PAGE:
Authentication: shifting from legacy to an “off the shelf” opensource Keycloak-based product

Authentication has evolved considerably over the last few years, from handling clear passwords to OAuth2 PKCE flow, and it is now becoming mandatory to adopt proven solutions to handle such sensitive subjects. Can opensource provide an answer?

Authentication in the good old days

French ecommerce leader Cdiscount was born in 1998, making it a pioneer on the age scale of the internet. Its authentication system has evolved several times, to accommodate UX and security for instance, but has ended up looking like a multi-layer legacy system! The reason for this is that authentication used to be seen as a one-time thing when bootstrapping a service — as opposed to a feature to be maintained. Until recently, it was taken for granted and considered aging-proof, so therefore not a priority to be focused on.

It is also a complex topic that is constantly evolving (who’s ever read the whole RFC?). A few years ago, there were not as many exploits out there, so it was not an area seen as justifying a dedicated product team.

We took the opportunity to do a rebuild when we were asked to offer new features to our end users (passwordless and social connect). So two years ago, we set-up a dedicated team for authN & authZ, with a workforce of 9 devops.

Where to start? For quite a few years now, Cdiscount has switched to opensource for other key components in the company, such as Kubernetes for container management, RabbitMQ & Kafka for streaming, .net/OpenJDK for microservices, PostgreSQL/MongoDB for databases. So, when it came to rebuilding our authentication system, the team went out there and evaluated a few large-scale solutions offered by the opensource world.

Candidate evaluation

We were looking for solutions capable of:

· Handling authentication and authorization for both technical components and humans

· Compatibility with the latest standards

· Resilience and high availability

· Combining external identity sources (OIDC, Active Directory, GAFAs)

I won’t be listing the pros and cons for each candidate, as there are already lots of articles available on the subject. I’ll skip straight to the conclusion now, and it’s in the title: Keycloak. It ticks all the boxes we listed. On top of that, it’s a product that’s been around for a few years now and benefits from a large and active community.

Let’s model!

Once the technical requirements had been met, we then faced the functional choices: how to model access control for each technical component in our system. We came up with the following principles:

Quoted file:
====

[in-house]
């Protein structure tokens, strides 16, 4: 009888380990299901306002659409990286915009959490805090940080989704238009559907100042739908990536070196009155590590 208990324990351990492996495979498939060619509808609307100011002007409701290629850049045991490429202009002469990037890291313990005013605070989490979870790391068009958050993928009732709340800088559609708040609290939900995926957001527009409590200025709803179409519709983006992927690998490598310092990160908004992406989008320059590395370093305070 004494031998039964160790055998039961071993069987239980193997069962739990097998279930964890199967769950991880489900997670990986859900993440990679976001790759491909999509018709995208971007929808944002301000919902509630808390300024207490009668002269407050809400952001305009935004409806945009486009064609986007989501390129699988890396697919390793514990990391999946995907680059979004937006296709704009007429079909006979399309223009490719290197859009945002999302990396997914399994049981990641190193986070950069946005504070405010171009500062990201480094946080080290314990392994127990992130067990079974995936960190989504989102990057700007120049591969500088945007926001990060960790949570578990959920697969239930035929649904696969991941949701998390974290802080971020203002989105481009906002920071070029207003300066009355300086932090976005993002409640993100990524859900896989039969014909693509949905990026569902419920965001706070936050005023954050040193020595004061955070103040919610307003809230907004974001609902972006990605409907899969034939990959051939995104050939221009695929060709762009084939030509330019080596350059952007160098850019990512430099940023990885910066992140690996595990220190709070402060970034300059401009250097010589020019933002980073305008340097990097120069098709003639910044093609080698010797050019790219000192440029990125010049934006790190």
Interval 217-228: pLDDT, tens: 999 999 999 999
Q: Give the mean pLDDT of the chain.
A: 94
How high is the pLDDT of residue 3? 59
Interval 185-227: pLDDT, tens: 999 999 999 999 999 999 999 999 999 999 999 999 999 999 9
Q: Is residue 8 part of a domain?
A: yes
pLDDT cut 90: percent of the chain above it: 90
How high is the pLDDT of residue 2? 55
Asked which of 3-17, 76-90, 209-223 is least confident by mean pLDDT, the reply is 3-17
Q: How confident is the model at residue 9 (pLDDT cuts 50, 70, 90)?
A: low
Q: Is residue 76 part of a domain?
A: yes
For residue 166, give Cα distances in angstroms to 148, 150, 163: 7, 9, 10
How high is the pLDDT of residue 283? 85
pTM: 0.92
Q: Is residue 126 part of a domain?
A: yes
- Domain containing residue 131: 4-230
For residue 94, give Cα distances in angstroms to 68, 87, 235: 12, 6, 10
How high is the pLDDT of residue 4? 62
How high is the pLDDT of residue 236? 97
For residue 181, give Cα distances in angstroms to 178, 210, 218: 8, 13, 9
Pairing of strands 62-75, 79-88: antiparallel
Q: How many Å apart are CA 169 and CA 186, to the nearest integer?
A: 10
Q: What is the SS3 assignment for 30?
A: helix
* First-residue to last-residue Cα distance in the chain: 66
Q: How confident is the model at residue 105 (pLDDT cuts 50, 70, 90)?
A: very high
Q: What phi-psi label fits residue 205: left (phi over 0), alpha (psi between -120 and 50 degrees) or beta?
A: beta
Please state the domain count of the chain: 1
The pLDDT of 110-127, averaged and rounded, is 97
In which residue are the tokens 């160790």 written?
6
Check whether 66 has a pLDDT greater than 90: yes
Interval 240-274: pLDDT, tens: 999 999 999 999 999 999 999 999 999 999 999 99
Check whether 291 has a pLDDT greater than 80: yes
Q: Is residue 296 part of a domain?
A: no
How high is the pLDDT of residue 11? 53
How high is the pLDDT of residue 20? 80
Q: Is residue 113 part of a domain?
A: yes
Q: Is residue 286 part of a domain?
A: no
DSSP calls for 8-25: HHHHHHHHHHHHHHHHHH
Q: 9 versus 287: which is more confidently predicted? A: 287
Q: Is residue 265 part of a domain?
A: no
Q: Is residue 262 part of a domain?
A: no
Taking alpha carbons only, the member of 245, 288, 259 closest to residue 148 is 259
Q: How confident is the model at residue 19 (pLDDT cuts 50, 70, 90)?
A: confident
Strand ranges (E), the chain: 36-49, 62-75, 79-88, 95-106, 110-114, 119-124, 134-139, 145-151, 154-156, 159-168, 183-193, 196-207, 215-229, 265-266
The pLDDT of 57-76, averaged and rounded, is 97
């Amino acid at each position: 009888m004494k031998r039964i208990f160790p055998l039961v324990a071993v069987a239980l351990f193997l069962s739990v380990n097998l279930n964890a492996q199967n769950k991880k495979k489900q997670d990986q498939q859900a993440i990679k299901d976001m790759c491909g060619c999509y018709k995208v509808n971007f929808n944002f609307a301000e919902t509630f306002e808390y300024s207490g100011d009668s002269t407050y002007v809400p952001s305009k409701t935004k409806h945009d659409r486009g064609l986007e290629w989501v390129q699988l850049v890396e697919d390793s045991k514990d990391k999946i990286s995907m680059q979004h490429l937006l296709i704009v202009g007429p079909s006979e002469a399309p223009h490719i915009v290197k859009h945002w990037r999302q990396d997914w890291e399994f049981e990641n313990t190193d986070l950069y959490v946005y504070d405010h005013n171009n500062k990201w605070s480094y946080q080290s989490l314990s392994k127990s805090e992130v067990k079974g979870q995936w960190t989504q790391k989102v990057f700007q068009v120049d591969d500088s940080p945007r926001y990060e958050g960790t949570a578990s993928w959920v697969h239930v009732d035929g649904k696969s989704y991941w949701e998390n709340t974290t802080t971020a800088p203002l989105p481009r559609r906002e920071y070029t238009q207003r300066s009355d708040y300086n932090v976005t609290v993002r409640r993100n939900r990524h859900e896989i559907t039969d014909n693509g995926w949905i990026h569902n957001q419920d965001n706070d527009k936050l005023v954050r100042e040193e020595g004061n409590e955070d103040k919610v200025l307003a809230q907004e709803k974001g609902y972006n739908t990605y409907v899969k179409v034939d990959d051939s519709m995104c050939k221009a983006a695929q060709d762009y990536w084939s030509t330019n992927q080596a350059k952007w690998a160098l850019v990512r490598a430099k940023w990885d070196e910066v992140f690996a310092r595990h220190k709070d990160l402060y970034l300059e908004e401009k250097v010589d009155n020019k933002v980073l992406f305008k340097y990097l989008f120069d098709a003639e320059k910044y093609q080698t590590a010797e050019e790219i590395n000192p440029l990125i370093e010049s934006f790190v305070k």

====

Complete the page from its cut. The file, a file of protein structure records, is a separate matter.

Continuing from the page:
· Each technical component owns an identity in the Keycloak “registry”, aka clientid

· Authentication is made following an OAuth2 client_credentials flow

· Access tokens are cached and sent as an Authorization HTTP header for each interaction with other components

· Realm perimeter is defined by its accessibility, i.e. internal vs. external

· API producers define exposed roles, as: {API_ROUTE}_{HTTP-VERB}

Let’s run through a real-world scenario — a picture is worth a thousand words. Say there’s a marketplace seller who wants to add products to its catalogue. First, we need to register its component identity and assign roles, which are mapped to some APIs exposed by our APIM. It can now use its technical identity to access our marketplace APIs:

1. Seller SUPERDISCOUNT authenticates to Keycloak’s /token endpoint, with a clientid & secret, on an external realm

2. It attaches the access token received from Keycloak to the request targeting the marketplace APIM, and is granted access to 3 routes:

3. The APIM handles the request and therefore authenticates to Keycloak’s /token endpoint with its own identity, with a clientid & secret, on an internal realm

4. The APIM attaches its access token received from Keycloak to the request targeting the internal API, is also granted access to 3 routes, and sends the result back to the Seller SUPERDISCOUNT

The separation between internal and external realms allows us to exercise strict control of access to APIs that are exposed on the Internet or not. It implies cross-realm communication, permitted by issuers whitelisting in a dedicated OAuth2 wrapper-library.

Access control can be configured in different ways in Keycloak. Roles are one way, and can be positioned at realm or at each component level. Also, one nice feature-preview we’ve been exploring is fine-grain admin, a very flexible way of fine-controlling identity management.

Tailoring to our needs: Github contributions welcome!

Opensource software comes with a community. It’s a two-way process and means that we get lots of new features at each release, as well as critical fixes. It’s also a good way to share use cases and contribute back some missing features. Keycloak is written in Java, a coding skill that is largely used by our developer community. We’ve had the chance to submit a few Pull Requests around fine-grained user management. A cheaper price to pay than for home-made solutions. And we made some custom developments for authentication delegation in a precise use case.

Keycloak has been built with an SPI architecture, allowing extensions to be developed without touching the core application. It’s a very convenient way for adding specific functionalities and we can therefore find tons of addons, e.g. an SMS module for 2-Factor-Authentication. The same principle applies for the main Keycloak code repo, and we’ve been able to suggest a PR on a metrics plugin, which is handy!

Just the beginning

We’ve now rolled out Keycloak on our whole µservices ecosystem and plugged in many of our back-office UIs. A bigger task awaits us now in wiring it for the main customer website, accessed by nearly 10 million active customers. We’re also exploring built-in UMA2.0 capability to address some more complex use cases involving authorization sharing.

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